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Lewis : liberalis

liberalis, lībĕrālis, e, adj. 1. liber, of or belonging to freedom, relating to the freeborn condition of a man. Lit.: liberalis causa or liberale judicium, a suit concerning a person's freedom, v. Dig. 40, 12, 1 sqq.; Paul. Sent. 5, 1, 1 sqq.: si quisquam hanc liberali caussa manu adsereret, Plaut. Curc. 4, 2, 4; cf. 5, 2, 68: manu eas adserat liberali causa, id. Poen. 4, 2, 84: nam ego liberali illam assero causa manu, I formally assert that she is freeborn, Ter. Ad. 2, 1, 40: judicium, Quint. 6, 3, 32: liberale conjugium, a marriage between persons of free condition, Ter. And. 3, 3, 29.—Pleon.: ego te hoc triduom numquam sinam in domo esse, quin ego te liberalem liberem, Plaut. Curc. 1, 3, 53.

Transf., befitting a freeman, gentlemanly, noble, noble-minded, honorable, ingenuous, gracious, kind (syn.: generosus, ingenuus). In gen.: ingenium, Plaut. Capt. 2, 3, 59; id. Ep. 1, 1, 41: artes liberales, befitting a freeman, Cic. Inv. 1, 25, 35; cf.: liberalia studia accipimus, quae Graeci ἐλευθέρια μαθήματα appellant; rhetores continebuntur, grammatici, geometrae, Dig. 50, 13, 1: hae artes, quibus liberales doctrinae atque ingenuae continerentur, geometria, musica, litterarum cognitio et poëtarum, etc., Cic. de Or. 3, 32, 127; cf.: omnis liberalis et digna homine nobili doctrina, id. Ac. 2, 1, 1: de artificiis et quaestibus, qui liberales habendi, qui sordidi sint, id. Off. 1, 42, 150: liberalissima studia, id. Arch. 3, 4; id. Cael. 21 52; id. Rep. 1, 5, 9: spes liberalioris fortunae, of a higher, more respectable station, Liv. 22, 26: responsum, kind, gracious, Cic. Att. 3, 15, 4; so, liberalibus verbis permulceri, Sall. Fragm. ap. Prisc. p. 871 P.

In partic. Bountiful, generous, munificent, liberal (syn. munificus): liberales (sunt), qui suis facultatibus aut captos a praedonibus redimunt, aut aes alienum suscipiunt amicorum, etc., Cic. Off. 2, 16, 56: benefici liberalesque, id. Lael. 9, 31; cf.: liberalissimi et beneficentissimi, id. ib. 14, 51: liberalissimus munificentissimusque, id. Rosc. Com. 8, 22: virtus munifica et liberalis, id. Rep. 3, 8, 12: largus, beneficus, liberalis, id. Deiot. 9, 26.—* With gen.: laudis avidi, pecuniae liberales erant, Sall. C. 7, 6.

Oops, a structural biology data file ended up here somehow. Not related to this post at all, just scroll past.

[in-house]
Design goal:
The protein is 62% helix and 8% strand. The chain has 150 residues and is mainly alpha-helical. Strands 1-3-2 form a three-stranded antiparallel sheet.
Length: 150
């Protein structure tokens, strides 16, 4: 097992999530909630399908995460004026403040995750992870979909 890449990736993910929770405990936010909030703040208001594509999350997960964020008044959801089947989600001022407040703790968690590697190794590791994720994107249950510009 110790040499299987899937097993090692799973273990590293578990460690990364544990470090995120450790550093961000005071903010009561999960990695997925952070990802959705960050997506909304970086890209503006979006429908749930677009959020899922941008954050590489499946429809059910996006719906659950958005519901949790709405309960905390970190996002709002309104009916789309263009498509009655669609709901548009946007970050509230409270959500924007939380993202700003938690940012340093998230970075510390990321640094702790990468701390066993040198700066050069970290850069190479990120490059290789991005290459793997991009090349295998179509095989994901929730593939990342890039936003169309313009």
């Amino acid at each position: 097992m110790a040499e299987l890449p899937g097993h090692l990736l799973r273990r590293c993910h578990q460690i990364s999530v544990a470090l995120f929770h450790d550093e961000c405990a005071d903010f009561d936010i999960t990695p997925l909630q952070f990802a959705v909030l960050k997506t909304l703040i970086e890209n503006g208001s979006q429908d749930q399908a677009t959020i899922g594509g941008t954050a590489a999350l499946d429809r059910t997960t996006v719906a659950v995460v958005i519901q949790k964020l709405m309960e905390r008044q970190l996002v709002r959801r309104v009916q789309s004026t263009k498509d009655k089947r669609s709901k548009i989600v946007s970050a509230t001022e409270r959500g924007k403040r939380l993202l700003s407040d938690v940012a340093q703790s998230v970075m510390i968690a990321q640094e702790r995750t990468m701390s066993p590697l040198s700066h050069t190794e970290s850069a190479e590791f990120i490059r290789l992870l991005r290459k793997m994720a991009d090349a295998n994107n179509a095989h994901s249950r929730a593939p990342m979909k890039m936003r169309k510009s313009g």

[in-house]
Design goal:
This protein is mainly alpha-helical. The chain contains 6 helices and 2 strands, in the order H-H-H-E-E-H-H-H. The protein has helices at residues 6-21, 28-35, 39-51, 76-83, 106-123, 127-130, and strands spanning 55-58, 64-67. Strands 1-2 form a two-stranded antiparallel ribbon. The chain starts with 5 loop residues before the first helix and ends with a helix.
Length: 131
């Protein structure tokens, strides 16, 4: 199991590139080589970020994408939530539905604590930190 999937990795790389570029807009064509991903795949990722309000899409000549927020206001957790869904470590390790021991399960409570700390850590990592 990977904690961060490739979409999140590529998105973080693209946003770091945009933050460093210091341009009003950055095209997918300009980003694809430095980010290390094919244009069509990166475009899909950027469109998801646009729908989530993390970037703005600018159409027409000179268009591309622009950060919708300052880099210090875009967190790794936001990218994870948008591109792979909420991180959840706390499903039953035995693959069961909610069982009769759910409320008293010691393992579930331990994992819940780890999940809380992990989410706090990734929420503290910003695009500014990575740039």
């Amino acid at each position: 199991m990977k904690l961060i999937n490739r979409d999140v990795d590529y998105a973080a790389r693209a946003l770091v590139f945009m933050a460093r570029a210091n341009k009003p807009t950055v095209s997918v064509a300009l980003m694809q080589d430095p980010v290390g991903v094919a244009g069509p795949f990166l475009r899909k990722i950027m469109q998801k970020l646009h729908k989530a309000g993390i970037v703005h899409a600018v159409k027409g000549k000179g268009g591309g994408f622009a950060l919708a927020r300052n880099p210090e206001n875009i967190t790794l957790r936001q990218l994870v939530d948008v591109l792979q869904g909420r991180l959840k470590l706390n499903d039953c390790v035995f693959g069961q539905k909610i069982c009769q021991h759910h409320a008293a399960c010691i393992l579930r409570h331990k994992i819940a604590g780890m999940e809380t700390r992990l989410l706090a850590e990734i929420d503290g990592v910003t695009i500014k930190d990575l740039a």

With in and acc.: in omne genus hominum liberalissimus, Suet. Vesp. 7.

Of things, plentiful, copious, abundant: largum et liberale viaticum, Cic. Fl. 6, 14: potio, Cels. 3, 6: liberalius alimentum, id. 8, 10, 7.

Noble, engaging, beautiful (ante-class.): illarum altera pulcer est et liberalis, Plaut. Mil. 1, 1, 60: lepidā et liberali formast, id. ib. 4, 1, 20; id. Ep. 5, 1, 41; id. Pers. 1, 3, 50: species, id. ib. 4, 3, 76; cf.: liberales dicuntur non solum benigni, sed etiam ingenuae formae homines, Paul. ex Fest. p. 121 Müll.—Hence, adv.: lībĕrālĭter, in a manner befitting a freeman, nobly, ingenuously, kindly, courteously, graciously. In gen.: homo liberaliter educatus, Cic. Fin. 3, 17, 57: eruditi, id. Tusc. 2, 2, 6: vivere, id. Lael. 23, 86: servire, i. e. properly, Ter. And. 1, 1, 11: respondere, kindly, courteously, Caes. B. G. 4, 18: oratione aliquem prosequi, id. ib. 2, 5.

In partic., bountifully, profusely, generously, liberally: benigne ac liberaliter, Cic. Verr. 2, 3, 85, § 196: large et liberaliter, id. ib. 2, 3, 88, § 204: instructus, Caes. B. C. 3, 61.—Comp.: vivo paulo liberalius, Cic. Q. Fr. 2, 6, 3: nec potui accipi liberalius, id. Att. 16, 6, 1: ille (sal) in cibis paulo liberalius aspersus, Quint. 6, 3, 19: ubi liberalius malos odimus, more abundantly, more heartily, Plin. Pan. 68, 7.—Sup.: dotem largiri liberalissime, App. M. 10, p. 250, 13: liberalissime polliceri, Cic. Att. 5, 13, 2.